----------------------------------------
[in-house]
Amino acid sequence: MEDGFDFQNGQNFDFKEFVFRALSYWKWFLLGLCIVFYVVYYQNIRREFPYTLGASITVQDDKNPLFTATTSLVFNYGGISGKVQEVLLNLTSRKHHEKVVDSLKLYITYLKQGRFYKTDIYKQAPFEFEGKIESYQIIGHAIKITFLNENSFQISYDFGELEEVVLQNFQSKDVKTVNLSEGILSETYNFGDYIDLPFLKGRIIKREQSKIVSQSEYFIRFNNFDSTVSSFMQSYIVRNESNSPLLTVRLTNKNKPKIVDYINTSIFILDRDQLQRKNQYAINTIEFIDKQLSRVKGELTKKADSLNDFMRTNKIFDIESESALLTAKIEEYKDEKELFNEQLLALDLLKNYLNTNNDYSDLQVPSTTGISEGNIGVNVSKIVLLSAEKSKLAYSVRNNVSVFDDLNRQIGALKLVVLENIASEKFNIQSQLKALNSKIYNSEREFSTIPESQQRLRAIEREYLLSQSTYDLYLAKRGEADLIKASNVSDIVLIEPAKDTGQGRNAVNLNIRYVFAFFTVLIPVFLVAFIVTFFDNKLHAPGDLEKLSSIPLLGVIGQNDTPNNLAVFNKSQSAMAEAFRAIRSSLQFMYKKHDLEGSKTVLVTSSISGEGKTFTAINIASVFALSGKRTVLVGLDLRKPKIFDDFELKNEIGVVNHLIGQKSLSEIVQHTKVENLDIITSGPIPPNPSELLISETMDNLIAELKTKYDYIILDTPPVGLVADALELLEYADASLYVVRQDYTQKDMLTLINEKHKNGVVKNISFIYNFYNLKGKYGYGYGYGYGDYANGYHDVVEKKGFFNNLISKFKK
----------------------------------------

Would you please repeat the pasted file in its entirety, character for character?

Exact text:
[in-house]
Amino acid sequence: MEDGFDFQNGQNFDFKEFVFRALSYWKWFLLGLCIVFYVVYYQNIRREFPYTLGASITVQDDKNPLFTATTSLVFNYGGISGKVQEVLLNLTSRKHHEKVVDSLKLYITYLKQGRFYKTDIYKQAPFEFEGKIESYQIIGHAIKITFLNENSFQISYDFGELEEVVLQNFQSKDVKTVNLSEGILSETYNFGDYIDLPFLKGRIIKREQSKIVSQSEYFIRFNNFDSTVSSFMQSYIVRNESNSPLLTVRLTNKNKPKIVDYINTSIFILDRDQLQRKNQYAINTIEFIDKQLSRVKGELTKKADSLNDFMRTNKIFDIESESALLTAKIEEYKDEKELFNEQLLALDLLKNYLNTNNDYSDLQVPSTTGISEGNIGVNVSKIVLLSAEKSKLAYSVRNNVSVFDDLNRQIGALKLVVLENIASEKFNIQSQLKALNSKIYNSEREFSTIPESQQRLRAIEREYLLSQSTYDLYLAKRGEADLIKASNVSDIVLIEPAKDTGQGRNAVNLNIRYVFAFFTVLIPVFLVAFIVTFFDNKLHAPGDLEKLSSIPLLGVIGQNDTPNNLAVFNKSQSAMAEAFRAIRSSLQFMYKKHDLEGSKTVLVTSSISGEGKTFTAINIASVFALSGKRTVLVGLDLRKPKIFDDFELKNEIGVVNHLIGQKSLSEIVQHTKVENLDIITSGPIPPNPSELLISETMDNLIAELKTKYDYIILDTPPVGLVADALELLEYADASLYVVRQDYTQKDMLTLINEKHKNGVVKNISFIYNFYNLKGKYGYGYGYGYGDYANGYHDVVEKKGFFNNLISKFKK